The Wingham Stationmaster’s house is one of those rare survivors that has thus far escaped demolition. Although it has seen better days, a community drive is underway to save the 1911 cottage.1 But who was Wingham’s first stationmaster?
Patrick Ryan was born in Mangalore, Victoria in 1879. His father was a railway man who worked in Tasmania, Victoria and NSW. Patrick’s own railway career began as a junior porter at the Hawkesbury River Railway Station in 1896.2 He then worked at various stations until his post as Wingham’s first stationmaster in 1913.3
Stationmasters supervised employees, managed public relations and were in charge of the safe and efficient operation of the station. They held positions of great responsibility which often came with a residence.
Patrick’s wife Mary and four of their children lived with him in the cottage that was located across the tracks from the station. The modest weatherboard cottage had five rooms, a bathroom, and wash house surrounded by a picket fence.4
Although stationmasters were relocated every few years, they were encouraged to involve themselves in the life of the town.5 Unable to enlist in WWI, Patrick instead established the Wingham Voluntary Workers’ Association. Patrick and this association built a cottage for Mrs Thiele whose husband was killed in France which left her and her small children homeless.6 Patrick was also a fine cricket player who played in first grade teams.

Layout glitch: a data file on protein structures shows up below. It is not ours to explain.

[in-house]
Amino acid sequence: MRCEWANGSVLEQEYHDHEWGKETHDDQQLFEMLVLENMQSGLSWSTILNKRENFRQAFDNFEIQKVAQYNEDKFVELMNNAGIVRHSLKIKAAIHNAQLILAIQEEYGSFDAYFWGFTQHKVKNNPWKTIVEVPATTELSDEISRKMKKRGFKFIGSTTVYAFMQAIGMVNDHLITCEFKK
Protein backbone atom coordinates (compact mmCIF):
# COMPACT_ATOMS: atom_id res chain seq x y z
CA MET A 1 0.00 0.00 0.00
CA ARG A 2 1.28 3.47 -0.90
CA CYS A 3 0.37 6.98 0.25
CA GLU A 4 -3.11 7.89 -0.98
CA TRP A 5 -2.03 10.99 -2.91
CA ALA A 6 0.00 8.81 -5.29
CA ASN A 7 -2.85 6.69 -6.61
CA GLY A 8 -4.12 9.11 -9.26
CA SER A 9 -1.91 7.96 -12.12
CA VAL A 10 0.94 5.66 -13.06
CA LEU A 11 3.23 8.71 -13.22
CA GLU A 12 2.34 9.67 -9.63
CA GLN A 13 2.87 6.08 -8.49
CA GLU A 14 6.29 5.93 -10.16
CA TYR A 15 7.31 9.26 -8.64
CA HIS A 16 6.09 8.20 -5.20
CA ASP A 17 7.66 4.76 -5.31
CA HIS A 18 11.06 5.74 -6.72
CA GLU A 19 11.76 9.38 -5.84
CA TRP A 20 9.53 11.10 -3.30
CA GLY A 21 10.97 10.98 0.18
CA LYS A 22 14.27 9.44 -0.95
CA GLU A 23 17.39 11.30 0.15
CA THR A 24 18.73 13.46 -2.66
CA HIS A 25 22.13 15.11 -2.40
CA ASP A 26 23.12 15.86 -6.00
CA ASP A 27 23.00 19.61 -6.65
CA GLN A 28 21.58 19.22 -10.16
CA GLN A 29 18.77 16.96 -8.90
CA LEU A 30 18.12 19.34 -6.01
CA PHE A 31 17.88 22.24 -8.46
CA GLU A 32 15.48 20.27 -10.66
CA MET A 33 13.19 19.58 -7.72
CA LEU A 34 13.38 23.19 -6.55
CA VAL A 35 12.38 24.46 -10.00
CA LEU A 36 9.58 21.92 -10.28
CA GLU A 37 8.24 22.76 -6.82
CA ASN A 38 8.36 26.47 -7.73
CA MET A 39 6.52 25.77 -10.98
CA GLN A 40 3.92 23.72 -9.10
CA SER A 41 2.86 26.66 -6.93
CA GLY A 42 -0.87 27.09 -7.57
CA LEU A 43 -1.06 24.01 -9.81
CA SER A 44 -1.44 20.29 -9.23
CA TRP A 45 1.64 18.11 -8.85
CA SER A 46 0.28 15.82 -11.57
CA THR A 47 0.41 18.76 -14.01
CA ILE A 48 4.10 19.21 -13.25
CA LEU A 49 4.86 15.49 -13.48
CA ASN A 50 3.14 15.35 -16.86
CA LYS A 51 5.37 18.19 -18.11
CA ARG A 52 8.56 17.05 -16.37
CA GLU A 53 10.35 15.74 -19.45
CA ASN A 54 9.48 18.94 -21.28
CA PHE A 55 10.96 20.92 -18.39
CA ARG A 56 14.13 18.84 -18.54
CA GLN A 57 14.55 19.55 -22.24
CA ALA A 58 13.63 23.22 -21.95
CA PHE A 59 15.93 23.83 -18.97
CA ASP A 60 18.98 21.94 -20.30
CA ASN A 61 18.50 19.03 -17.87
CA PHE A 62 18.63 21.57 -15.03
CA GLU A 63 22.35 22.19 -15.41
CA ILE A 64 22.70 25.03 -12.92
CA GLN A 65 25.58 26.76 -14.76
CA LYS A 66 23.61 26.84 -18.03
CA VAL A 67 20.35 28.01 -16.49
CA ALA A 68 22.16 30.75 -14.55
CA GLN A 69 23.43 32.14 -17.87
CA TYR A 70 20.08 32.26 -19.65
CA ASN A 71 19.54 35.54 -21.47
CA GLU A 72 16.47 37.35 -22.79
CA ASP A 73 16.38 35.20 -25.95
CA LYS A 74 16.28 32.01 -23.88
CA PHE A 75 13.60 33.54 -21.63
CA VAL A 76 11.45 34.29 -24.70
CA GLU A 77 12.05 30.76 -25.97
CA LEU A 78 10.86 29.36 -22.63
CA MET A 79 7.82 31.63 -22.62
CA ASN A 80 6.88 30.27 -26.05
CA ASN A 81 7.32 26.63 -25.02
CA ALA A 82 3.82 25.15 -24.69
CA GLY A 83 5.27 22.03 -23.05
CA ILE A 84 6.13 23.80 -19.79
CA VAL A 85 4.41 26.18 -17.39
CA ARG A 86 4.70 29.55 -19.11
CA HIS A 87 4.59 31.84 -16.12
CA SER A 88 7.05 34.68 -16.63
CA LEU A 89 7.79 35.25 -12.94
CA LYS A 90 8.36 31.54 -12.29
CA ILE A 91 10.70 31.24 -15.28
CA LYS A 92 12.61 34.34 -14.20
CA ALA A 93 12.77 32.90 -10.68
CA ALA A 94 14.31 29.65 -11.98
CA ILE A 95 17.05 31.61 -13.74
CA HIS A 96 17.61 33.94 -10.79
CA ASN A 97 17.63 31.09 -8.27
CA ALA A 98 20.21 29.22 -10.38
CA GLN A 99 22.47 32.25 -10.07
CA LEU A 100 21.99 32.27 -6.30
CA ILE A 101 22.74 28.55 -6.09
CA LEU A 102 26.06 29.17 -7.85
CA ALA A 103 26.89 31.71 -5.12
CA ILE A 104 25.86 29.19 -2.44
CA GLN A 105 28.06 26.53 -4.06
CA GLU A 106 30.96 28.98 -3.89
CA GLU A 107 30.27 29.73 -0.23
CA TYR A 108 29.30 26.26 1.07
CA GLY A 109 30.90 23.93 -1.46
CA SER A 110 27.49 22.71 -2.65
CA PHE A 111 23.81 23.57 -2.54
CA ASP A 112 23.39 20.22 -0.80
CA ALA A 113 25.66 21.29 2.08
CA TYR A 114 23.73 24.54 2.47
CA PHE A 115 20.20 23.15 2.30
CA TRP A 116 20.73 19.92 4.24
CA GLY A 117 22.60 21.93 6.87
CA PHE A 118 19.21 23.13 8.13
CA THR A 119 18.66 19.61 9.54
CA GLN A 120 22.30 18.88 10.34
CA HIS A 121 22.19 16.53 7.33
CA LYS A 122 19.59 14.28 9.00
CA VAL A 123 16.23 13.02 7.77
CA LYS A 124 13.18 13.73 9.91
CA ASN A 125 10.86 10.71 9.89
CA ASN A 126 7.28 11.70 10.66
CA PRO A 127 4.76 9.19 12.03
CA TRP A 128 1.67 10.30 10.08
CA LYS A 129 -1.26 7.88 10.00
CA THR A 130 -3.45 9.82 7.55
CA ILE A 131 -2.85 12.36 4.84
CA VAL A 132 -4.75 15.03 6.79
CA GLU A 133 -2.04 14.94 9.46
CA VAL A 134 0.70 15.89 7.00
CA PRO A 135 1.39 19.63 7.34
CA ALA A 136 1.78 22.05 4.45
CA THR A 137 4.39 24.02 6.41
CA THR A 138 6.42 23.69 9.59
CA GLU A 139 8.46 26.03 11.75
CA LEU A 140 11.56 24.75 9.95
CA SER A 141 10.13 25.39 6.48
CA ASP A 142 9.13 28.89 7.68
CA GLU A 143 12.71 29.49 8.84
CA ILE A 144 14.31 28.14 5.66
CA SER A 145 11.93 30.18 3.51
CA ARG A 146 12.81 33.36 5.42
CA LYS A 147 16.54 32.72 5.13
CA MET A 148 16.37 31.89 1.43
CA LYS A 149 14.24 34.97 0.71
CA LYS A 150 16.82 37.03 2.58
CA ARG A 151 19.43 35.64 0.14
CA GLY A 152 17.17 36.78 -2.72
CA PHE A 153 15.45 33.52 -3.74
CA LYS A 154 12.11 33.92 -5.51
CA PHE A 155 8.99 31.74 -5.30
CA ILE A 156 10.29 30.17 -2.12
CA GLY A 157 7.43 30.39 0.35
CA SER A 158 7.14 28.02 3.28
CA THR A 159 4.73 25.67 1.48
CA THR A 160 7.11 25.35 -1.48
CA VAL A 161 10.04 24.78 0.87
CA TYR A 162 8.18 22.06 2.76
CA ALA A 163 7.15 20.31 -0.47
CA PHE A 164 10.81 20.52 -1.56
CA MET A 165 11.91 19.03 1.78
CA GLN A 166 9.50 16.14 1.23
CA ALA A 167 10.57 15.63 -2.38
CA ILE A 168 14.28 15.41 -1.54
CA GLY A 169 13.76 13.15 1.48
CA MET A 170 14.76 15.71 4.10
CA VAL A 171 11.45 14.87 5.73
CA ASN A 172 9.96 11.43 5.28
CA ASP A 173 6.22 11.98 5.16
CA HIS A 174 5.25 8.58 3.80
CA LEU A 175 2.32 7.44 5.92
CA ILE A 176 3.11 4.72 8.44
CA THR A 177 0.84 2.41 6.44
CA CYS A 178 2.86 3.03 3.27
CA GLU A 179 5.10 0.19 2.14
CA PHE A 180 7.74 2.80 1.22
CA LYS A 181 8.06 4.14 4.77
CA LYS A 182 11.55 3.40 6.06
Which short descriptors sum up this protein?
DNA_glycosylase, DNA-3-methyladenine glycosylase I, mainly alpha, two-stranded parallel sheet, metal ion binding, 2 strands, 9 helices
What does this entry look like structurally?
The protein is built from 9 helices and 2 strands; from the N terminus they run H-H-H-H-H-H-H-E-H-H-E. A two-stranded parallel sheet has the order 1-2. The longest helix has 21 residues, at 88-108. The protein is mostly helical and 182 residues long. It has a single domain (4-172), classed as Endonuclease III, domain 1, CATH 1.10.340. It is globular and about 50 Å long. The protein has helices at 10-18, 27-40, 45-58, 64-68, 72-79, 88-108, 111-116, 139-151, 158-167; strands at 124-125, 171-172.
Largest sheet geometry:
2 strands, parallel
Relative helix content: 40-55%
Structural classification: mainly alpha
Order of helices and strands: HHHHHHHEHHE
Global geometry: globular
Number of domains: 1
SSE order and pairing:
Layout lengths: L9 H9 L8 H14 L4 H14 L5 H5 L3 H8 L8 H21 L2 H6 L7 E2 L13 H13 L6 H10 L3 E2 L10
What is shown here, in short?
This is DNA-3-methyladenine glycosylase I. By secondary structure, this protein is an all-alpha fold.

In 1919 Patrick was promoted and transferred to Newcastle. On his departure from Wingham he and Mary were given an engraved teapot that remains in the family. Patrick went on to become a senior railway traffic inspector and in 1935 his swift actions averted a serious train crash.7 He died in 1945 aged 65.8
Author: Janine Roberts
1 SMH, 29 January 1912, 10.
2 Family history from Michael Ryan, great grandson of Patrick Ryan, 2022.
3 Wingham Chronicle and Manning River Observer, 21 January 1919, 2.
4 Gloucester Advocate, 29 May 1909, 14.
5 The Argus, 24 November 1922, 8.
6 Wingham Chronicle and Manning River Observer, 31 July 1917, 2.
7 Wingham Chronicle and Manning River Observer, 13 December 1935, 4.
8 Newcastle Morning Herald and Miners’ Advocate, 17 April 1945, 3.